ALBANY -- Focusing on a Suffolk County fatality, New York's highest court Thursday will weigh whether health clubs have an obligation to use defibrillators on a member suffering a heart attack.
In its January session, the Court of Appeals also will hear a case involving a Long Beach firefighter who is battling the city over disability pension payments.
The defibrillator case centers on Gregory Miglino Sr., 60, of Brookhaven, who in 2007 suffered cardiac arrest on a racquetball court at a Lake Grove health club owned by Bally Total Fitness of Greater New York Inc.
According to court documents, club staff dialed 911; meanwhile, a personal trainer on staff who checked on Miglino said he had normal color and a faint pulse. Soon, a doctor and a medical student who were at the club were on the scene, along with another employee who brought an automated external defibrillator. Though the trainer knew how to use the AED, he never employed it.
Miglino was unconscious when the ambulance arrived eight minutes after the 911 call and could not be revived. He was pronounced dead at Stony Brook University Hospital.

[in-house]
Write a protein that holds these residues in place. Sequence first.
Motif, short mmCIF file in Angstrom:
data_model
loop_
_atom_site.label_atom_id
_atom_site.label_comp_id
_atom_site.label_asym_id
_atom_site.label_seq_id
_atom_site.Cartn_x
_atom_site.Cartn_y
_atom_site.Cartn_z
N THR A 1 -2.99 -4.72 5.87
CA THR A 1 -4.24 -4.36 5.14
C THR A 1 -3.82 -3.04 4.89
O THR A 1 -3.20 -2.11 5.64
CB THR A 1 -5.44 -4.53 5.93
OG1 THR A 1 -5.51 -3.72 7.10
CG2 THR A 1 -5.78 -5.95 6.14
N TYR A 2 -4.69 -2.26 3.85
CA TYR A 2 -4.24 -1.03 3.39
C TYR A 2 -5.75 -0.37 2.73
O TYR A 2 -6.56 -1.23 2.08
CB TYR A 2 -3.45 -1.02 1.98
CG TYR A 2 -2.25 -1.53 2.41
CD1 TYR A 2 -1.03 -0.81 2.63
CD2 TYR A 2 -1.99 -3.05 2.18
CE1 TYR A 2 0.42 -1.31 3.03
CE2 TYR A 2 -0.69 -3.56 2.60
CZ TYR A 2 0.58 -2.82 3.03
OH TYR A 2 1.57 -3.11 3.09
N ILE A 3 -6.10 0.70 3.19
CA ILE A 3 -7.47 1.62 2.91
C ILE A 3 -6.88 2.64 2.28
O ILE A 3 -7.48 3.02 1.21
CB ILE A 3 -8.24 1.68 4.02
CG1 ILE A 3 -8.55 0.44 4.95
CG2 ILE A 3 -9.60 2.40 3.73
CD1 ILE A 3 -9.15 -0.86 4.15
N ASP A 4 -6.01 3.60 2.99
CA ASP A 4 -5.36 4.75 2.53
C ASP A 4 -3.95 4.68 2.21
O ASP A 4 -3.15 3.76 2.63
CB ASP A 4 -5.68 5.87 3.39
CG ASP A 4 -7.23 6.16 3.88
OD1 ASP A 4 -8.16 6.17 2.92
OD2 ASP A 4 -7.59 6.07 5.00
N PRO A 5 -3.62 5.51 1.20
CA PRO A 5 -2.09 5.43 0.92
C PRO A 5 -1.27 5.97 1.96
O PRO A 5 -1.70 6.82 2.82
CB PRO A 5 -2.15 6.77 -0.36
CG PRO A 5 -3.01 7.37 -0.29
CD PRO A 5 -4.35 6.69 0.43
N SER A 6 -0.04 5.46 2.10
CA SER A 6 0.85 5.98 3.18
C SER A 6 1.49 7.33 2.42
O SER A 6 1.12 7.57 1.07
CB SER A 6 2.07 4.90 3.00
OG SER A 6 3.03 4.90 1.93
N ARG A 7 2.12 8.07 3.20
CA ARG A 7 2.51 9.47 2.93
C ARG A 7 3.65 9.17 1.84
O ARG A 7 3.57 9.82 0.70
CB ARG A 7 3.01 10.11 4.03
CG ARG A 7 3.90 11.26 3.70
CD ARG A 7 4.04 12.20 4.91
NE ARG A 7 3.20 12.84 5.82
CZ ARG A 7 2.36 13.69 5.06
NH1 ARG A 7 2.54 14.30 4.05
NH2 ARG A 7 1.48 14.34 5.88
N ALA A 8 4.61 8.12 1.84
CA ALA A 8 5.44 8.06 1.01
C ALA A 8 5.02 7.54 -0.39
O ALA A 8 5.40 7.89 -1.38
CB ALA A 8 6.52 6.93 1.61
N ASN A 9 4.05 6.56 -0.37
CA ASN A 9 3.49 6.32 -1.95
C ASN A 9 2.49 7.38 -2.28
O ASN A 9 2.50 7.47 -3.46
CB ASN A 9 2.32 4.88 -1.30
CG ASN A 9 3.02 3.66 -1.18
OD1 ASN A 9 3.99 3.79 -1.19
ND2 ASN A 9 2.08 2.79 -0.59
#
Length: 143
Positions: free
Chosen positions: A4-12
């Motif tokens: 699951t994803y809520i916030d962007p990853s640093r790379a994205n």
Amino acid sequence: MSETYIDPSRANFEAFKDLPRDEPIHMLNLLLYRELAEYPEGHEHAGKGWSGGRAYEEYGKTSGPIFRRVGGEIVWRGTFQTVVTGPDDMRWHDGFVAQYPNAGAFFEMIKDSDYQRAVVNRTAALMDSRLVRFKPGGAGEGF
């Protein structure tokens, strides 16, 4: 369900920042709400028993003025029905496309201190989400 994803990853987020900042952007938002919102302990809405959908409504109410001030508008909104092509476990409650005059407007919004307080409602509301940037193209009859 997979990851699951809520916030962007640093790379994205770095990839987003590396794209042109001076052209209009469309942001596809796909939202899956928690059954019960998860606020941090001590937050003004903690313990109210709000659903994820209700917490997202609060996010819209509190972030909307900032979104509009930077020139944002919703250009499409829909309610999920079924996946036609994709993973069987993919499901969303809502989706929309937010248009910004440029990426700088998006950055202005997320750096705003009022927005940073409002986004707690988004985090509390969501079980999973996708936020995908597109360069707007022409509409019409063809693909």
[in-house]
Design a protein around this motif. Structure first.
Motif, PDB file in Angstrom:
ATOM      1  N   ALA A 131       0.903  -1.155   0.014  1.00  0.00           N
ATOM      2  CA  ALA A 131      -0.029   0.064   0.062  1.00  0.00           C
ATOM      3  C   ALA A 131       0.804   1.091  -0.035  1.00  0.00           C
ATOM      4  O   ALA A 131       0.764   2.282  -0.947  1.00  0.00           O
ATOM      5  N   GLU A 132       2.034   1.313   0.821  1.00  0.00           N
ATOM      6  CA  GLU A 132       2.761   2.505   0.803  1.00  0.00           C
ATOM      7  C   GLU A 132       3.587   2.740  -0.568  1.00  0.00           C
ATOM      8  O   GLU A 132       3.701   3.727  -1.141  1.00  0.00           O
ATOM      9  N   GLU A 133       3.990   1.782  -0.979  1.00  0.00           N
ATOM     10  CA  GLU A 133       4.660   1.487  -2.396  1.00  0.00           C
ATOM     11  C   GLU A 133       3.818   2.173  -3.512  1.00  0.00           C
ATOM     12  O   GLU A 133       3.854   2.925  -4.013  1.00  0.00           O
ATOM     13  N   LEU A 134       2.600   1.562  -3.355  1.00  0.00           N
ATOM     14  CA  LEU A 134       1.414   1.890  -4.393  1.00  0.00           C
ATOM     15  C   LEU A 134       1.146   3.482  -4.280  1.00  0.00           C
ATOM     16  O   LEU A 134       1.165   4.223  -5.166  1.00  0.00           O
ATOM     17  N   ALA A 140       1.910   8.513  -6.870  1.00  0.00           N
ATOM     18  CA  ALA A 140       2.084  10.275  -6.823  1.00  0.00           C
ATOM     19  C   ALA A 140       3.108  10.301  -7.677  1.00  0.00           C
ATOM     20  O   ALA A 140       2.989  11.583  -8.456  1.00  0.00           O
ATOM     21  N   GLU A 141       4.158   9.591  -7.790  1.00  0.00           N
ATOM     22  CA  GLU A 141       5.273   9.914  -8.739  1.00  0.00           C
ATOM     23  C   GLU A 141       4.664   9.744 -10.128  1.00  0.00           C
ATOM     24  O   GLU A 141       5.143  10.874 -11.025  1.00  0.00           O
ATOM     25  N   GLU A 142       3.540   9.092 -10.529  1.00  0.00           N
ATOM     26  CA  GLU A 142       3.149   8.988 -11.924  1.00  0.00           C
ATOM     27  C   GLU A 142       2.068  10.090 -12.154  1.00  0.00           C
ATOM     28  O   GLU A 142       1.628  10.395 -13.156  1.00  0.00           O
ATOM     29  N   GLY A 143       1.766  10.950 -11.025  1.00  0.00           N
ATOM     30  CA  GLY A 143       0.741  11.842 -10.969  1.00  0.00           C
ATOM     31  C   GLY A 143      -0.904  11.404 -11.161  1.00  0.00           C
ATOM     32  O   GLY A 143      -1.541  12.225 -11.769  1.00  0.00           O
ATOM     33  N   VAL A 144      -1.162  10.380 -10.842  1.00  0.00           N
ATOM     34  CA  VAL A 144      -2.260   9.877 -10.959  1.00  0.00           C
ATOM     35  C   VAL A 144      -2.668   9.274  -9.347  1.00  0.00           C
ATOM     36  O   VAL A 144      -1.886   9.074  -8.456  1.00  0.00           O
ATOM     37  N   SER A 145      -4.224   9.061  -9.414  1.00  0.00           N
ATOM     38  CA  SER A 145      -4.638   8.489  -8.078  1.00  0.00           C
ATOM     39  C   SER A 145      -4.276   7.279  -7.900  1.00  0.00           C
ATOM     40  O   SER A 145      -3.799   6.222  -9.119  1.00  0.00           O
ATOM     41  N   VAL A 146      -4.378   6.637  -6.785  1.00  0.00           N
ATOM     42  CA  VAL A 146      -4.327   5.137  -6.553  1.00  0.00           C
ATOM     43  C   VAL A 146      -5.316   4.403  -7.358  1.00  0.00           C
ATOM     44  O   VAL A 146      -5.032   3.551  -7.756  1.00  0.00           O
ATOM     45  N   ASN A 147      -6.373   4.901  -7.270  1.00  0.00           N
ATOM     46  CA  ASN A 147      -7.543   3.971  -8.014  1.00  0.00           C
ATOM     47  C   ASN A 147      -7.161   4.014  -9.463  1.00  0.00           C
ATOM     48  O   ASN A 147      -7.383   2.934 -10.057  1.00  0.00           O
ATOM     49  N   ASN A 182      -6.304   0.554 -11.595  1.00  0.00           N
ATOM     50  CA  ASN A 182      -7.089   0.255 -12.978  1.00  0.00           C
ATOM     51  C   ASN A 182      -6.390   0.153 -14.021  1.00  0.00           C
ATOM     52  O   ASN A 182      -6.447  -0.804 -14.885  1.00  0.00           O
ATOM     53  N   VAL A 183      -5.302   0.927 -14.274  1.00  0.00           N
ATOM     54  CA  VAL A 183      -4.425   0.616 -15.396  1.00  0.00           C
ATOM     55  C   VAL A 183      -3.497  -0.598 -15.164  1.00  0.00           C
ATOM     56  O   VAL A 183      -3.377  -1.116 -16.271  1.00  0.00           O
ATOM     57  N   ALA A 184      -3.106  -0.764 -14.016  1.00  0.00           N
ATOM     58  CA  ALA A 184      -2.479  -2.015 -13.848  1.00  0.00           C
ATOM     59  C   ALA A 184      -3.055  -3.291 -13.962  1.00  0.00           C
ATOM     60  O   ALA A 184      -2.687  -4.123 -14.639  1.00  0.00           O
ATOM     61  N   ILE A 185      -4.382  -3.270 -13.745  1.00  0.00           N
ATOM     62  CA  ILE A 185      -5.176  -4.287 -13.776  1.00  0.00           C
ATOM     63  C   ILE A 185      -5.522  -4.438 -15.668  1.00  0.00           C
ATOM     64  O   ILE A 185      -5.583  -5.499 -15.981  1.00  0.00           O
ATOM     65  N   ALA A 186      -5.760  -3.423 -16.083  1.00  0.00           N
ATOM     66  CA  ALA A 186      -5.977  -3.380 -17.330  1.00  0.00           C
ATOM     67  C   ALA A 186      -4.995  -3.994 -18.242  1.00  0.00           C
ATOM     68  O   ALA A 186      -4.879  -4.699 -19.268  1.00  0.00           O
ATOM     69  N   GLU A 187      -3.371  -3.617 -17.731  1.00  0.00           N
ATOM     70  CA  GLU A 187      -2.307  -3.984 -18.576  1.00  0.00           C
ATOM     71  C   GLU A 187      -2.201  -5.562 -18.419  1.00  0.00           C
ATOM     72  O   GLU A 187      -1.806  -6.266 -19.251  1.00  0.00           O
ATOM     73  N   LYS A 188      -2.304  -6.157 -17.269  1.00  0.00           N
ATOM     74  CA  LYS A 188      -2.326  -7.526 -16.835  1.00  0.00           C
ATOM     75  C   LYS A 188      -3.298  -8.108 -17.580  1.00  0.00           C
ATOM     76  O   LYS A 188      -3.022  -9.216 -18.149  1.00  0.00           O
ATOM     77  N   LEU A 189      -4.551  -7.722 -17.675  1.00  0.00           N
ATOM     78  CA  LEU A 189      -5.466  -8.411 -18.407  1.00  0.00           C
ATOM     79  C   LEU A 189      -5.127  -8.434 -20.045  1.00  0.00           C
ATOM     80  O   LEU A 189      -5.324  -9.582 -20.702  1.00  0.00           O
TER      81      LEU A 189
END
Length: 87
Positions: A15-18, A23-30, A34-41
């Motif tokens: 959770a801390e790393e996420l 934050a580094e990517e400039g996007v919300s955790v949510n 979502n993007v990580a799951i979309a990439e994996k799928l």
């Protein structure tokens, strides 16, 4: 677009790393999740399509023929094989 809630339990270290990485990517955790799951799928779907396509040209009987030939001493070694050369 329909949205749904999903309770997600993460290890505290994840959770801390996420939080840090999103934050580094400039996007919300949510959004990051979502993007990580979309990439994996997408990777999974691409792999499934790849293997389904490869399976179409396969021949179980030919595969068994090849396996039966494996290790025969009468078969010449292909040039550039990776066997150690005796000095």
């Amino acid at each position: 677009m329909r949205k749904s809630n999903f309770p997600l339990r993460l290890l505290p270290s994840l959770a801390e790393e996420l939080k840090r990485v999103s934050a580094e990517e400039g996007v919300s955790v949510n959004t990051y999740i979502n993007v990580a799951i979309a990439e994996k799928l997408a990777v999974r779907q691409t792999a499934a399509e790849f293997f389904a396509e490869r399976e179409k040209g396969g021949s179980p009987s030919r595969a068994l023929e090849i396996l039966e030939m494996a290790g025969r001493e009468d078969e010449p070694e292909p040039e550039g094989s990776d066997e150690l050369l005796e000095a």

Miglino's son, Gregory Jr. of Brookhaven, sued Bally for negligence. No amount of damages was specified, said Miglino's attorney, John Decolator. The company claimed immunity -- saying it was covered by a "Good Samaritan" provision in state law that exempts businesses in such cases unless there is "gross negligence" -- and asked a court to dismiss the case.
But two lower courts have declined to do so. The midlevel Appellate Division ruled for Miglino, saying: "Although the statute does not contain any provision that specifically imposes an affirmative duty upon the facility to make use of its required AEDs, it also does not contain any provision stating that there is no duty to act. Moreover, it is illogical to conclude that no such duty exists."
Bally's lawyer didn't immediately return a call to comment.
In the other Long Island case the Court of Appeals will hear in January, firefighter Brian Ward claims the City of Long Beach has improperly denied him a disability pension. Ward said he injured his knee while on duty at the firehouse in 2003. City officials, according to court documents, countered that Ward's estranged wife told them the injury occurred at their child's soccer game.
A state Supreme Court justice ruled for Ward, saying his then-wife's statements were "wholly unverified" and were made amid divorce proceedings. Without stronger evidence, the city had no "rational basis to deny" Ward disability pension payments, the court said. A midlevel court upheld the verdict and the city appealed to the state's highest court.